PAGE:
My research interests center around microbial ecology and the interactions between microorganisms and their environment—specifically in their ability to naturally remediate contaminated sites. Since the 1950’s, Uranium processing and production in Oak Ridge Tennessee has resulted in large areas of soil and groundwater contamination that persist to this day. The Oak Ridge Field Research Center (ORFRC), funded by the U.S. Department of Energy, serves as a field laboratory for the study of attenuation mechanisms and strategies. I will study the microbial communities at the ORFRC in order to determine how different geochemical and geophysical transects constrain the composition and structure of microbial populations. Ultimately, this information will aid in future eco-engineering efforts aimed at the successful remediation of contaminated sites.
When I’m not in the lab I’m probably exercising the right side of my brain by drawing (life drawing mostly), painting, or taking photos of beautiful Montana.
I studied at Western Michigan University where I completed my bachelor's degree in 2010 majoring in Environmental Studies and Biology, and minoring in Chemistry. I came to Montana State as a member of the Molecular Biosciences Program in 2013 and I joined the lab of Dr. Seth Walk in the Department of Microbiology and Immunology in May of 2014.
I am interested in microbial ecology and systems biology. My current research in the Walk Lab focuses on examining the role that the gastrointestinal microbiome plays in human health and disease. Specifically, I am investigating arsenic toxicity and the microbe-mediated biochemical and toxicological transformations that arsenic undergoes in the gut before being absorbed into the body. I am using germ-free and gnotobiotic mice, high-throughput DNA sequencing, and ICP-Mass Spectrometry to design innovative experiments in the growing field of host-associated microbiome research.
Personal interests? Oh, the usual, I bowl... drive around... the occasional bluegrass jam. In the summer I spend my free time camping out at music festivals, biking, fishing, and taking long motorcycle rides. In the winter I mostly try to float the Pow and shred the Gnar at Bridger Bowl.
I am a member of Dr. Matthew Fields physiology and ecology lab and as a lab group we are interested in environmental organisms with a focus on bioremediation and sustainable energy. My project focuses on characterization of the coal bed microbial communities of the Powder River Basin in southeastern Montana to better understand their production of methane. The methane produced from coal beds can be used for electrical generation, heat and transportation fuel. Compared to other hydrocarbon fuels, methane produces less carbon dioxide per unit of heat released. By better understanding the methane produced in the Powder River Basin, there is potential to enhance methane production in an environmentally responsible way.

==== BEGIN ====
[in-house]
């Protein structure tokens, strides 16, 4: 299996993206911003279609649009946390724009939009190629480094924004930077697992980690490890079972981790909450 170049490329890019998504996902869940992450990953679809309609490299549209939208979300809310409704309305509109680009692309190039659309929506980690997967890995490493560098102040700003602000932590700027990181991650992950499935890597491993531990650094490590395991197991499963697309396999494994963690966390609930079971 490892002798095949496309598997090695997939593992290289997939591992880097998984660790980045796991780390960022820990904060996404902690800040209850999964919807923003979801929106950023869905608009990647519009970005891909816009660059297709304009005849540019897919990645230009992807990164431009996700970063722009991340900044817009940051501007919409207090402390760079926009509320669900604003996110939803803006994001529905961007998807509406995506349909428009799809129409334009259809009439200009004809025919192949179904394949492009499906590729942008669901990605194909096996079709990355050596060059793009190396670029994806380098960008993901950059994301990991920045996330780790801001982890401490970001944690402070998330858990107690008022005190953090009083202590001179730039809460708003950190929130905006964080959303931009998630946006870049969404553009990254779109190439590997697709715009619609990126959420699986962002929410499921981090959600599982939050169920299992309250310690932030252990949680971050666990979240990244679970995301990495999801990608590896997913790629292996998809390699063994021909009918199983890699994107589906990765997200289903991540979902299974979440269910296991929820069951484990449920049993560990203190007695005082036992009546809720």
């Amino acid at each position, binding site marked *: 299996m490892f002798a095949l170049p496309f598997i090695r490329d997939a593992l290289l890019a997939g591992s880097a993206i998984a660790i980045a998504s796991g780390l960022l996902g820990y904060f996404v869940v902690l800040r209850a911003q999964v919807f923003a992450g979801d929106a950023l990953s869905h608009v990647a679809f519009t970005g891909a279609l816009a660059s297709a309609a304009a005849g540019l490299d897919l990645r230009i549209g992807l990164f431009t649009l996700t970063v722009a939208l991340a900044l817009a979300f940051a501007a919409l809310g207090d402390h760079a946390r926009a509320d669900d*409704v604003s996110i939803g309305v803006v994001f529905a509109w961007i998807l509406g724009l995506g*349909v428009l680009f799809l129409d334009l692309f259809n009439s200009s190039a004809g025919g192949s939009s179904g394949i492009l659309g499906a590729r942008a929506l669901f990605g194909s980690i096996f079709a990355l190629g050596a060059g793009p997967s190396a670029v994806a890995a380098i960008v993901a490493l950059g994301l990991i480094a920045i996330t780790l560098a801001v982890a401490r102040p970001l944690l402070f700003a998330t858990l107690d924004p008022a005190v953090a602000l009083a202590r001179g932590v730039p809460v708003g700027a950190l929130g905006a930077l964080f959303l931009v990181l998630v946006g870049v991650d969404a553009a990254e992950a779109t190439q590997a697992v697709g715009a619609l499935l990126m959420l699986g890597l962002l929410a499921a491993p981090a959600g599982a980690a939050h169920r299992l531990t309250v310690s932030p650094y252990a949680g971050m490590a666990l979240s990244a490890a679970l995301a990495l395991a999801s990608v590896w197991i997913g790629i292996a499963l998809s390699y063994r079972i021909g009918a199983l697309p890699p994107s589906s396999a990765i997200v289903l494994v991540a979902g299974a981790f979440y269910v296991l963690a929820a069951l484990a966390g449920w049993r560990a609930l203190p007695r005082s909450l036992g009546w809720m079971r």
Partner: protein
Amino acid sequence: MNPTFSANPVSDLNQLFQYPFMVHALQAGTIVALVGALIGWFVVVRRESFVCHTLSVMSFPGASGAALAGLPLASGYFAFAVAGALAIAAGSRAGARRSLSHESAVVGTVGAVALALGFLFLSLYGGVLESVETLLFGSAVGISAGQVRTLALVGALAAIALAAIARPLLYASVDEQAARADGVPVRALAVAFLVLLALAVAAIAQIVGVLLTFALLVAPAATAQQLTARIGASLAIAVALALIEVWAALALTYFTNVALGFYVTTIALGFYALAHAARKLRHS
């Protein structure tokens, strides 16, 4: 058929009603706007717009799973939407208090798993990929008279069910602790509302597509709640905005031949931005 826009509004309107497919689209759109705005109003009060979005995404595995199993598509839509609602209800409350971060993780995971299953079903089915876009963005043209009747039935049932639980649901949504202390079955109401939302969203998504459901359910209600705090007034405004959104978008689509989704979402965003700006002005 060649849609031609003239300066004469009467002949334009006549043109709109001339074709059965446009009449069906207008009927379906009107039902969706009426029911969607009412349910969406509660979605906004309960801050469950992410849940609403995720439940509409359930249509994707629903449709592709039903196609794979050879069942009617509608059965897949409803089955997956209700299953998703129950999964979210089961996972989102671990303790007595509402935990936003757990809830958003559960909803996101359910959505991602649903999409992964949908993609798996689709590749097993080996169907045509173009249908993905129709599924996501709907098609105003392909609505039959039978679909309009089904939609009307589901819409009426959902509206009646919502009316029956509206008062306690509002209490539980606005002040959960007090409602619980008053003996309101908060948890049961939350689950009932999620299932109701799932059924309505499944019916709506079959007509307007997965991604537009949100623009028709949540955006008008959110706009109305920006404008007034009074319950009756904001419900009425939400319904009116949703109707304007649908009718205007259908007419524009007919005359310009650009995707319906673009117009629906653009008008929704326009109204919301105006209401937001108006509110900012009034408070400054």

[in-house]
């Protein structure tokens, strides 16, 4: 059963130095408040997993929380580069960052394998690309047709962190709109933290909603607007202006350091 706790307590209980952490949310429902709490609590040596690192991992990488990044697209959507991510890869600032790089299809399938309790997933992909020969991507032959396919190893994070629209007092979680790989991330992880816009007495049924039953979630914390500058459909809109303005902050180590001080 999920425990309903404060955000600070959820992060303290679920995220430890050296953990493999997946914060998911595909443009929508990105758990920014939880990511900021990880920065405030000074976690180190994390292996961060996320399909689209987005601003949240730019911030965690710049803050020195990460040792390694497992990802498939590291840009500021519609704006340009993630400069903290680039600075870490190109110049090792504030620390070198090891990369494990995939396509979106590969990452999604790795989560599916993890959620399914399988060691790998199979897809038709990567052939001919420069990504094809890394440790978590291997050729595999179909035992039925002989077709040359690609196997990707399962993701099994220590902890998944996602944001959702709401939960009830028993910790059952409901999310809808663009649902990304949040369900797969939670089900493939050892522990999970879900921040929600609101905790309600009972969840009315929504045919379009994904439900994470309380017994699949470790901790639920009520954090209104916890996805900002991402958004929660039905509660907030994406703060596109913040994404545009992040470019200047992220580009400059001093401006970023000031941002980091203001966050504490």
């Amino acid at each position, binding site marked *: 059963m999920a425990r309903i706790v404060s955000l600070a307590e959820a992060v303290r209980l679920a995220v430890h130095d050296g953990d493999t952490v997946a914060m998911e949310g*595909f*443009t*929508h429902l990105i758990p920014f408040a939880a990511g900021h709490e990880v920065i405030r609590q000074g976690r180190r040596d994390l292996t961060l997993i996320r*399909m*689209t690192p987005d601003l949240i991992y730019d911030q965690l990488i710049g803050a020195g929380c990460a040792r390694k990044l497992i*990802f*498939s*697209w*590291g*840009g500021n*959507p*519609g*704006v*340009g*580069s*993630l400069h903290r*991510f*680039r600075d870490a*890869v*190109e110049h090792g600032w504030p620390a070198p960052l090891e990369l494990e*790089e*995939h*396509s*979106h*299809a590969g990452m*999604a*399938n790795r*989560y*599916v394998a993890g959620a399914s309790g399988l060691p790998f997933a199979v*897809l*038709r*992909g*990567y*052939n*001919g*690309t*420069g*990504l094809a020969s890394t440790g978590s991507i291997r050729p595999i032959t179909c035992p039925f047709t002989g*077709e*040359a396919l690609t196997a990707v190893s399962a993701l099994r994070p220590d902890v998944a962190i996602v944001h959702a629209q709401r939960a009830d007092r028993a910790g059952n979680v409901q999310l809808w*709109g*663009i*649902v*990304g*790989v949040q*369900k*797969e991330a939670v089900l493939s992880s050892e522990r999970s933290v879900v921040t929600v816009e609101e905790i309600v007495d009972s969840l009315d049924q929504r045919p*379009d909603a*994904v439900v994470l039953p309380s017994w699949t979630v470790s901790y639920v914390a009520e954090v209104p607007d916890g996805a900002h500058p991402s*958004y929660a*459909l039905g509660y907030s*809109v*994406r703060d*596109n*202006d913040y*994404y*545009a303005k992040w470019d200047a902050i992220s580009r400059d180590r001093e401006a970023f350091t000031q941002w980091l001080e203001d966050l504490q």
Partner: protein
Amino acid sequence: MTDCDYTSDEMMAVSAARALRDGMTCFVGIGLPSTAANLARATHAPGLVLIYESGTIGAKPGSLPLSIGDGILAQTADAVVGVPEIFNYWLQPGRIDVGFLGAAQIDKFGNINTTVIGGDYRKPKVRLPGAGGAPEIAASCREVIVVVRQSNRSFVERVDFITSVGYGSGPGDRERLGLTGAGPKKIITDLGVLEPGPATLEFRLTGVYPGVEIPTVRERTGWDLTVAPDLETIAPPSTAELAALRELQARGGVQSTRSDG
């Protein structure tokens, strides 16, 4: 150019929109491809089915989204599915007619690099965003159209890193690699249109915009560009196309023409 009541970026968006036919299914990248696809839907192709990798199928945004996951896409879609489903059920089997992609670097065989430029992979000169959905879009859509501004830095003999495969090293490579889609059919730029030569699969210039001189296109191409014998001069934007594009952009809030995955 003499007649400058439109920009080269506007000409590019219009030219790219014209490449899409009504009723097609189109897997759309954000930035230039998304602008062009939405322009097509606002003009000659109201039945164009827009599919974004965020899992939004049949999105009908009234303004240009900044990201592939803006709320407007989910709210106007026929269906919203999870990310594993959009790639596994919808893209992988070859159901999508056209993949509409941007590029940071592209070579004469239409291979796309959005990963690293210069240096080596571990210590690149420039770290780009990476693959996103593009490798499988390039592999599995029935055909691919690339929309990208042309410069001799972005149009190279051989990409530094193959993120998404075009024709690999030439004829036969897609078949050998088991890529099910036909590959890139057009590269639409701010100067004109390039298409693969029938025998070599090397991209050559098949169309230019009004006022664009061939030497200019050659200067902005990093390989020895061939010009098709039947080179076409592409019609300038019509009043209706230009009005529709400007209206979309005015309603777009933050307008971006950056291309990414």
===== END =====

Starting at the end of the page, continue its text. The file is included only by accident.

My personal interests are very broad but in general I just love to play, but I really
love to play in Montana. I was born and raised in Montana and love the seasonal sports
Montana has to offer from hiking, fishing, water sports, skiing, sledding and even
working on the ranch.
His mentor is Dr. Mark Young from the department of Plant Sciences and Pathology. His Research Interests: Viruses are the most abundant and diverse biological entities on the planet but we have barely scratched the surface of their diversity. My research focuses on linking archaeal viruses to their cellular hosts in Yellowstone National Park hot springs with culture independent methods. I use a combination of fluorescent microscopy and bioinformatics to link between viruses to their environmental host. I am also interested in the role that viruses have in shaping microbial communities.
Personal Interests: Outside of lab I am an avid biker and I do several triathlons every summer. I am also a big soccer fan (GGMU) and play in the adult soccer league in Bozeman. During the winter I enjoy downhill and cross-country skiing.
Laura Brutscher, PhD Candidate in Microbiology and Immunology
Her mentors are Dr. Michelle Flenniken from the Plant Sciences and Plant Pathology department and Dr. Carl Yeoman from Animal and Range Sciences department.
Honey bees serve as essential pollinators in agriculture, but have been suffering large-scale population losses (~32% annually since 2006). Using molecular biology-based approach, Laura is investigating host-pathogen interactions of the honey bee. She is interested in identifying what genes (transcriptome) and honey bee-associated microbes (microbiome) may be important for antiviral-defense in honey bees, as viruses are the most common honey bee pathogen. Because pathogen occurrence and load are of one of the factors most correlated with large-scale colony loss, this research in honey bee host-pathogen interactions is highly relevant.When not in the lab or at the bee hives,
Laura enjoys to jog, cycle, and hike around Gallatin County and the surrounding areas. She also has hobbies in theater, singing, and photography.